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Joint Processing of Analog Fixed Beamforming and CSI-Based Precoding for Super High Bit Rate Massive MIMO Transmission Using Higher Frequency Bands
IEICE TRANSACTIONS on Communications
Publication Date: 2015/08/01
Online ISSN: 1745-1345
Type of Manuscript: Special Section PAPER (Special Section on 5G Radio Access Networks―Part I: Radio Access Technologies and System Design)
5G, higher frequency bands, Massive MIMO, analog fixed beamforming, CSI-based precoding,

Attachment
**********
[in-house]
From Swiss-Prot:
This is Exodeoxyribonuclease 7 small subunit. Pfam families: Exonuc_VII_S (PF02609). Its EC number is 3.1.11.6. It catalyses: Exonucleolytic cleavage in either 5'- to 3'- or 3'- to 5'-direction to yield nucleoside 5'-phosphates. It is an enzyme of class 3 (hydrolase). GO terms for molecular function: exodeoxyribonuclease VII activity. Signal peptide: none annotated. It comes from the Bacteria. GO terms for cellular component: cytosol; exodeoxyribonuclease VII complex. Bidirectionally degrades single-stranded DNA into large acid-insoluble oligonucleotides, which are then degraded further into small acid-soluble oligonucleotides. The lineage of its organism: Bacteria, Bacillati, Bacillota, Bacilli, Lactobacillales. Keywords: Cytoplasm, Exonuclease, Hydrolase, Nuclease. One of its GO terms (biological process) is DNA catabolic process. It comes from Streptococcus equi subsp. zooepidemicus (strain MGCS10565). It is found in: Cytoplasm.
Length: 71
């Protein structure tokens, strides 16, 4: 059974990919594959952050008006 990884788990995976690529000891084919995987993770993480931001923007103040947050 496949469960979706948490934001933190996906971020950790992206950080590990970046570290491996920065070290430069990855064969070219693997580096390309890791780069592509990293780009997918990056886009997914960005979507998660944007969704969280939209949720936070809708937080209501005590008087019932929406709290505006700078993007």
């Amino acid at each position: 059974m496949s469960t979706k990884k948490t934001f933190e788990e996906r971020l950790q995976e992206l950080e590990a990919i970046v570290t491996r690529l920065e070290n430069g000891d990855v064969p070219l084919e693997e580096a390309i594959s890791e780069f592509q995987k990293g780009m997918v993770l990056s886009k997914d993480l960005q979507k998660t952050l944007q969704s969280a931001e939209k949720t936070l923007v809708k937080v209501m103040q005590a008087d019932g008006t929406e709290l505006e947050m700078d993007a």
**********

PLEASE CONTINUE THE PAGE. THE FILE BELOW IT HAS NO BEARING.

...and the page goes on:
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In order to tackle the rapidly increasing traffic, the 5th generation (5G) mobile communication system will introduce small cells using higher frequency bands with wider bandwidth to achieve super high bit rate transmission of several tens of Gbps. Massive multiple input multiple output (MIMO) beamforming (BF) is promising as one of the technologies that can compensate for larger path-loss in the higher frequency bands. Joint analog fixed BF and digital precoding have been proposed to reduce the cost of a Massive MIMO transceiver. However, the conventional scheme assumes the transmission of a few streams using well-known codebook-based precoding as the digital precoding, and both a selection method of the fixed BF weights and a digital precoder design, which are suitable for super high bit rate transmission using multiple streams, have not been studied. This paper proposes a joint fixed BF and CSI-based precoding (called FBCP) scheme for the 5G Massive MIMO systems. FBCP first selects the analog fixed BF weights based on a maximum total received power criterion, and then it calculates an eigenmode (EM) precoding matrix by exploiting CSI. This paper targets a 5G system achieving over 20Gbps in the 20GHz band as one example. Throughput performances of the Massive MIMO using the proposed FBCP are evaluated by link level simulations using adaptive modulation and coding and it is shown that the proposed FBCP with the optimum number of selected beams (baseband chains) can use higher level modulation, up to 256QAM, and higher coding rates and achieve throughputs close to 30Gbps while the cost and complexity can be reduced compared with the fully digital Massive MIMO.